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GEN’s editor in chief, John Sterling, interviews life science academic and biotech industry leaders on important research, technology, and trends. These podcasts will keep you informed with all the important details you need.
Geron recently received FDA permission to begin the first U.S. clinical trial of an embryonic stem cell (ESC) product, GRNOPC1, in patients with acute spinal cord injury. This came right after a British company, ReNeuron, won regulatory approval from U.K. authorities to initiate a clinical trial with gene-modified neural stem cells for the treatment of stroke.
In this week's podcast Linda Powers from Toucan Capital, which has 16 stem cell or regenerative medicine companies in its portfolio, talks about the impact of these two developments on this fast growing field. She specifically addresses the issue of how the FDA's decision might boost the development of stem cell therapies and speculates on what may have influenced the agency's decision to give Geron the go-ahead for a trial at this time.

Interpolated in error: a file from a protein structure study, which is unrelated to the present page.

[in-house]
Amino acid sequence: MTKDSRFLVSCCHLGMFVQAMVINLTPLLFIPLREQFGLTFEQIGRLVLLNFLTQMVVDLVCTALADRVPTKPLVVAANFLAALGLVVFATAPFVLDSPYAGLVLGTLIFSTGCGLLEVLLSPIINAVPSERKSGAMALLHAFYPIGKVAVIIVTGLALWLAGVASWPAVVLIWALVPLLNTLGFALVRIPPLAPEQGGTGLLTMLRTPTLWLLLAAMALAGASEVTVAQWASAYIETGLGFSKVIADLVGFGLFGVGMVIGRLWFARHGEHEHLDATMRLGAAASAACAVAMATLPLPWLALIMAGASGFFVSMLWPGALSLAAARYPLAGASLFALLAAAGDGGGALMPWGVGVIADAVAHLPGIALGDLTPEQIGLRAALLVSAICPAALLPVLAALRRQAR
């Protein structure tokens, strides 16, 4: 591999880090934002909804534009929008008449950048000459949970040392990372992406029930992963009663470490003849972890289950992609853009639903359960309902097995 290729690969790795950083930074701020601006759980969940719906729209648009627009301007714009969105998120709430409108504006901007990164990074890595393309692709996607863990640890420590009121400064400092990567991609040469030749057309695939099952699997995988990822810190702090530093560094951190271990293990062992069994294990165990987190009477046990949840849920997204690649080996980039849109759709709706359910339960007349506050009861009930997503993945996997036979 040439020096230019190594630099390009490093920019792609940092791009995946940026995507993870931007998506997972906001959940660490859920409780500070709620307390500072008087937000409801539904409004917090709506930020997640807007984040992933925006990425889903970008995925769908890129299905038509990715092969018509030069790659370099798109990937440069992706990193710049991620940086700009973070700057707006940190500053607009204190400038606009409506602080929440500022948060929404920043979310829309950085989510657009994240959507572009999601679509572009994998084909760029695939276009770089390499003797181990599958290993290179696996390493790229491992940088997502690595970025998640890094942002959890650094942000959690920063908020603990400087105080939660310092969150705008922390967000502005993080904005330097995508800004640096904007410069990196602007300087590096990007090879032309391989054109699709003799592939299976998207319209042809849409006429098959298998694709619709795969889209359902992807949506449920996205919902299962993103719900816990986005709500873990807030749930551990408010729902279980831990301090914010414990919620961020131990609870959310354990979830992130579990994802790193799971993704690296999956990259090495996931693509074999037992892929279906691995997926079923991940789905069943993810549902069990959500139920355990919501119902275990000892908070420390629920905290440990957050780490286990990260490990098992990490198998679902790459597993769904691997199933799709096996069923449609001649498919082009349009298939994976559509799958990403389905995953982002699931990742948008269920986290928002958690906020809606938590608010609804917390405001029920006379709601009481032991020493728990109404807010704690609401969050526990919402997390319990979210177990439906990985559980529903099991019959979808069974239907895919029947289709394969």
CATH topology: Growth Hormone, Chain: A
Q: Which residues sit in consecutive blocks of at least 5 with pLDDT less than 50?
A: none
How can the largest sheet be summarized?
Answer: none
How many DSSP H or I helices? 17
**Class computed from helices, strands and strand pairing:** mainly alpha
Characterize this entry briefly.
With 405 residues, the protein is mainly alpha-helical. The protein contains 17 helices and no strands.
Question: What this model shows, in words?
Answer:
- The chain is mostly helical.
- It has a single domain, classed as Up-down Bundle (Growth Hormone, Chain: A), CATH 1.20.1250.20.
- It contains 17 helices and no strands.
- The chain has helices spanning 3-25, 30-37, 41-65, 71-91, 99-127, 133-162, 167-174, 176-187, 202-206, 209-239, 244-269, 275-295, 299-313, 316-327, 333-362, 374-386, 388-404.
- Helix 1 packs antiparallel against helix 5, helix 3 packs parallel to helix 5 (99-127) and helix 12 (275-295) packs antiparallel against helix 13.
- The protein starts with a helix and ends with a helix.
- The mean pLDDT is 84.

Powers also discusses why all the attention on human embryonic stem cell research has given short shrift to work with human adult stem cells and provides specific examples of the successful application of adult stem cells to treat human diseases. Powers describes what's needed from the financial, political, regulatory, and public acceptance arenas to make stem cell and regenerative medicine part of an expanded armentarium of therapeutic approaches in applied and clinical medicine. She also explains why the establishment of a biomanufacturing industry for the production and processing of stem cells and other living cells could give rise to a new and significant business segment of the American economy.
Linda Powers is the Cofounder and Managing Director of Toucan Capital, which has 16 stem cell or regenerative medicine companies in its portfolio.